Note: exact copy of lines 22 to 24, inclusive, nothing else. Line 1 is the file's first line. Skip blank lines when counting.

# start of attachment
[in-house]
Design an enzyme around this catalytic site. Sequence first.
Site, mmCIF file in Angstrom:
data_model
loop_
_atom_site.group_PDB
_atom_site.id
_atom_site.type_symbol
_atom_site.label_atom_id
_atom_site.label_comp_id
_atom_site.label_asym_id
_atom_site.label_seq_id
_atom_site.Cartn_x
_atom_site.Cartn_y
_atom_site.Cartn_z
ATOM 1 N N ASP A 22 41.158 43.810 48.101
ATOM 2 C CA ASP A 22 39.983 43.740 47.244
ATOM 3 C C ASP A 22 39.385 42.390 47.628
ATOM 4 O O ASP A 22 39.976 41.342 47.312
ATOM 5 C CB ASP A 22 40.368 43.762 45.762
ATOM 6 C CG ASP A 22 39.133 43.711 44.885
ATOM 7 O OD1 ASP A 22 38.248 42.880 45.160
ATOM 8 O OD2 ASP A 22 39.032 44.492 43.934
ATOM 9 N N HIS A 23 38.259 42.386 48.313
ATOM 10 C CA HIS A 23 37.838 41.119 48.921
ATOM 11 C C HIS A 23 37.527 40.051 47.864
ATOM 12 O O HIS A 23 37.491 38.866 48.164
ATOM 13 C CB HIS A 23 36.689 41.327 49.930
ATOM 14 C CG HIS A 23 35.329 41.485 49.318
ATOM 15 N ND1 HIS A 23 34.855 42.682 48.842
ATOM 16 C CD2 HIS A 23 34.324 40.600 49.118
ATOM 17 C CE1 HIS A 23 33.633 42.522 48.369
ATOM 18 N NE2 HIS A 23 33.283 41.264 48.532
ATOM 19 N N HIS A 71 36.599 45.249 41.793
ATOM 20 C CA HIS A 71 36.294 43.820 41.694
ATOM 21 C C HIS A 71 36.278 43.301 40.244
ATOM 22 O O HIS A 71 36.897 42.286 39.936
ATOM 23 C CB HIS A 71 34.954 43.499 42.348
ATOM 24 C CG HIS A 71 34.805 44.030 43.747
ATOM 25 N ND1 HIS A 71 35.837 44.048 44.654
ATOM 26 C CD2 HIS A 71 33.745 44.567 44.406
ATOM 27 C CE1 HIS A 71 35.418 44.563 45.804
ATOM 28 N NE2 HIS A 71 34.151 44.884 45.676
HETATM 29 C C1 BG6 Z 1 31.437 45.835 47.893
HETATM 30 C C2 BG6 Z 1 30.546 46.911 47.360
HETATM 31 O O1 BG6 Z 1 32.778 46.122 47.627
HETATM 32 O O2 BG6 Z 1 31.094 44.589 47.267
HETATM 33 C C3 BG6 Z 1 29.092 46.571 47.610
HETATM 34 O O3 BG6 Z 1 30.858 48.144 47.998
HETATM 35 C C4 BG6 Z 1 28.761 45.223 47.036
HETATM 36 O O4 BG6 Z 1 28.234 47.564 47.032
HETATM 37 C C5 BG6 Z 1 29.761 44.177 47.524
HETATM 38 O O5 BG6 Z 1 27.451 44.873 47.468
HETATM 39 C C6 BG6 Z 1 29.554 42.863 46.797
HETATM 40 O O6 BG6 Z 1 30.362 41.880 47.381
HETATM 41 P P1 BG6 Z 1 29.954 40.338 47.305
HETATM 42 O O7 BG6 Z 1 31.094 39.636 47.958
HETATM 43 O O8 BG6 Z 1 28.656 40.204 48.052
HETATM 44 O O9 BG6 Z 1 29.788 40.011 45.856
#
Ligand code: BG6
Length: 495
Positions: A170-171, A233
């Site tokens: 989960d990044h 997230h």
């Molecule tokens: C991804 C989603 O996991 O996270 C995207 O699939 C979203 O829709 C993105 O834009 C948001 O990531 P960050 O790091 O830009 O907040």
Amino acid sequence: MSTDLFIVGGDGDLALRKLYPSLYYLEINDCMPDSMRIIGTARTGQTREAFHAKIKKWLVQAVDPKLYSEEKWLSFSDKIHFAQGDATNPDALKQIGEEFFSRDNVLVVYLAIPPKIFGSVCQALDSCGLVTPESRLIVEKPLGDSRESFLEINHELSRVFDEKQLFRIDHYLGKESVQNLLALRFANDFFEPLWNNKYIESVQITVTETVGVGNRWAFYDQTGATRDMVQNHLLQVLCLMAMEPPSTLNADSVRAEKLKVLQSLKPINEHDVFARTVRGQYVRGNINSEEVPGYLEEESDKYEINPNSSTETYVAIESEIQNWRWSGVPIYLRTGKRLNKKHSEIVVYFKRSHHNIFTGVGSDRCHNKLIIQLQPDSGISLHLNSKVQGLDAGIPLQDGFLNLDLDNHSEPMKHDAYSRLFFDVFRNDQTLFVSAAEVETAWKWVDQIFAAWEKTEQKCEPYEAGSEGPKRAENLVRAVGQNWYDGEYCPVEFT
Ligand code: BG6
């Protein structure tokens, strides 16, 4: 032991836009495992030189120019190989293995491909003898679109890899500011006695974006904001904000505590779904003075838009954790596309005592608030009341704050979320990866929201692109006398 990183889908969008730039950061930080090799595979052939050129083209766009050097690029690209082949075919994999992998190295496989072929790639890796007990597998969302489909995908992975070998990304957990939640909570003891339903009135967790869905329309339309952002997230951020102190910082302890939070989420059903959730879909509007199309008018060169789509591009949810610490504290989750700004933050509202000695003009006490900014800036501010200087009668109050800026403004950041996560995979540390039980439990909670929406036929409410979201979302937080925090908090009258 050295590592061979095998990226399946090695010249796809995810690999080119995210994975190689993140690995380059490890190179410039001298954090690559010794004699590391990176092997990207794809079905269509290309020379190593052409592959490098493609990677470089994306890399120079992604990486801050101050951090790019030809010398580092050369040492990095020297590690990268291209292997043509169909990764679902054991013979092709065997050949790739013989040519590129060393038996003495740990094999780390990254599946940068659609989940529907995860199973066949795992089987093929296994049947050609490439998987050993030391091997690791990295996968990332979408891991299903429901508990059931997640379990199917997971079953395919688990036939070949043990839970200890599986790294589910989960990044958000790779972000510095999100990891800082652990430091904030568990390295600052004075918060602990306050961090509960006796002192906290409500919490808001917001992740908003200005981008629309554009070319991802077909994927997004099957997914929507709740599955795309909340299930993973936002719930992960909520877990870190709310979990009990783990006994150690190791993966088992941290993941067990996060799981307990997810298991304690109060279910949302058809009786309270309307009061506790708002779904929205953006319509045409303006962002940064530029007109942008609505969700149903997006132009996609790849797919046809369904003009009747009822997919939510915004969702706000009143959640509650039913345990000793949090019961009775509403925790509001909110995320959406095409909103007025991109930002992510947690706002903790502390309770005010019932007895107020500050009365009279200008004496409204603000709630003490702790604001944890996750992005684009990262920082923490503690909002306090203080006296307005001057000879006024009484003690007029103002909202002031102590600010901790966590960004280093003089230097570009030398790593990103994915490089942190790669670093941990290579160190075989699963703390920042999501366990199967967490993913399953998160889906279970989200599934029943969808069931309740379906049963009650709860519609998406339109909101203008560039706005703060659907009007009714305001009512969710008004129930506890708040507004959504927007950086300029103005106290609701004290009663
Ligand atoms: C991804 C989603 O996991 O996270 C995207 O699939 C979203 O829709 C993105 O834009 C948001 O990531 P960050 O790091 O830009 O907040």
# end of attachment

ATOM 7 O OD1 ASP A 22 38.248 42.880 45.160
ATOM 8 O OD2 ASP A 22 39.032 44.492 43.934
ATOM 9 N N HIS A 23 38.259 42.386 48.313